A fecal bacteria transplant, to make an obese human lean—what a bizarre notion! But what if it turns out to be valid? Should we all immediately rejoice and declare the war on obesity won? Absolutely not. Even when equipped with winning microbes, people are susceptible to all kinds of competing influences.
In the Gordon lab studies in which microbes harvested from humans were transferred into mice, the humans were chosen from a very specific subset—identical twins, one fat and one thin. They had identical genetic heritage, and presumably started out equipped with colonies of the same kinds of microorganisms. But the twins ended up mismatched. Something happened along the way to cause a variation in their microbiomes, among other things.
For instance, there is evidence that the wrong kind of diet, one low in fiber and high in saturated fats, can defeat even the best efforts of friendly microbes. The intestinal fauna work to facilitate the digestion of food. If all goes well, they produce, for example, chemicals that let the brain know the stomach is full and it’s time to stop eating.
Microbiomes and Mood
The inner population comprises thousands of different kinds of microorganisms, some of which produce neurotransmitters that affect the psychological and emotional state of their host. According to one theory, the connection can work the other way, and severe psychological trauma can trigger the demise of certain kinds of bacteria. If so, not only would they be missing, but a space would be created that might be filled by unhelpful microorganisms, like the kind that apparently promote the proliferation of fat.
A German word, kummerspeck, means “grief fat.” In response to bereavement, some people put on weight, and the assumption is that they eat more in search of emotional comfort. Could the opposite process be in effect? Can the psychological stress of extreme sorrow somehow affect the microbiome, causing an imbalance that promotes weight gain? In the near future, research in this field could unearth some astonishing surprises.
Helping Modalities Are Here To Stay
Even if the microbiome is the key, and even if every obese person could have a fecal transplant of lean microbiota, there would still be plenty of opportunity for things to go wrong. Proof of that lies in the bariatric surgery field, where self-sabotage is a very real hazard. A person can defeat the surgery by “eating through” it and stretching the stomach back out. Even with such an extreme physical intervention, they are not going to get better as long as the addictive behavior remains. Some post-surgical patients plead ignorance, and complain that nobody told them they would have to change their lifetime accumulation of bad habits. Others manage their food admirably, and cross-addict to alcohol, hard drugs, gambling, or some other substitute.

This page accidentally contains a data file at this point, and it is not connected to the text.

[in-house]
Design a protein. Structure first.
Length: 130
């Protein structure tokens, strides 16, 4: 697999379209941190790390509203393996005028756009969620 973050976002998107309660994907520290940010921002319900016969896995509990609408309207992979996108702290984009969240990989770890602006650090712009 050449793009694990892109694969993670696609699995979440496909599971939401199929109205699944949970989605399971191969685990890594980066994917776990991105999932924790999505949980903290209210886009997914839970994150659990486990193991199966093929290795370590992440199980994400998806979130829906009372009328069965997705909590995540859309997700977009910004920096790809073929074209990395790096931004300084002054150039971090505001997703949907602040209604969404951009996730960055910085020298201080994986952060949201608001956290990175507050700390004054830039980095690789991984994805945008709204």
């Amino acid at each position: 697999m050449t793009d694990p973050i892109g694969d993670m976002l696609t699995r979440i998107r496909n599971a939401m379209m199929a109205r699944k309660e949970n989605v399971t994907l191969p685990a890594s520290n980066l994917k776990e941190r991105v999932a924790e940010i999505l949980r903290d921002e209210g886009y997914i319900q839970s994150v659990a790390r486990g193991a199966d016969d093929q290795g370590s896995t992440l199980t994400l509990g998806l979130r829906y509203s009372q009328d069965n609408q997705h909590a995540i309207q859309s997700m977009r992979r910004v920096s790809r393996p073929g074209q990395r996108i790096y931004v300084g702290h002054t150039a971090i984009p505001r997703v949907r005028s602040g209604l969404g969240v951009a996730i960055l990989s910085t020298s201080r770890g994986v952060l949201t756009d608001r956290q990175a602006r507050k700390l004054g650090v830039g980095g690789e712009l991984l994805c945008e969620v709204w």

The point is, even people who go for the expensive and potentially hazardous (and potentially futile) option of surgery, still need to put in the work. They still need education and therapy and a support system like W8Loss2Go. Neither an operation nor a gutful of new bacteria can cause life to magically become perfect. Even if everyone were granted a wish for fecal transplants, the need for support programs would not go away. Everyone has a lifetime of bad habits to unlearn; temptation is everywhere; and nobody can get better as long as addictive habits are still in place. People still have everyday problems and stress to deal with, and sometimes big horrendous events. Without programs to offer healing and retraining, the odds are not good.
The Bugs Can’t Do It Alone
Even when ground is gained by implanting a better class of microbes, a person who wants to keep the title of “formerly obese” needs awareness of what foods to put into her or his body to optimize the advantage. That person will need to tweak, or perhaps completely re-formulate, what previously seemed like a reasonable diet. Those insidious “problem foods” still have to be identified and rejected. The person still needs a mentor, at least for a while, and a buddy, perhaps in a lasting relationship. The microbes can’t do it alone. Even if fecal transplants become as common as surgery, there is still no guarantee that obesity will be overcome.
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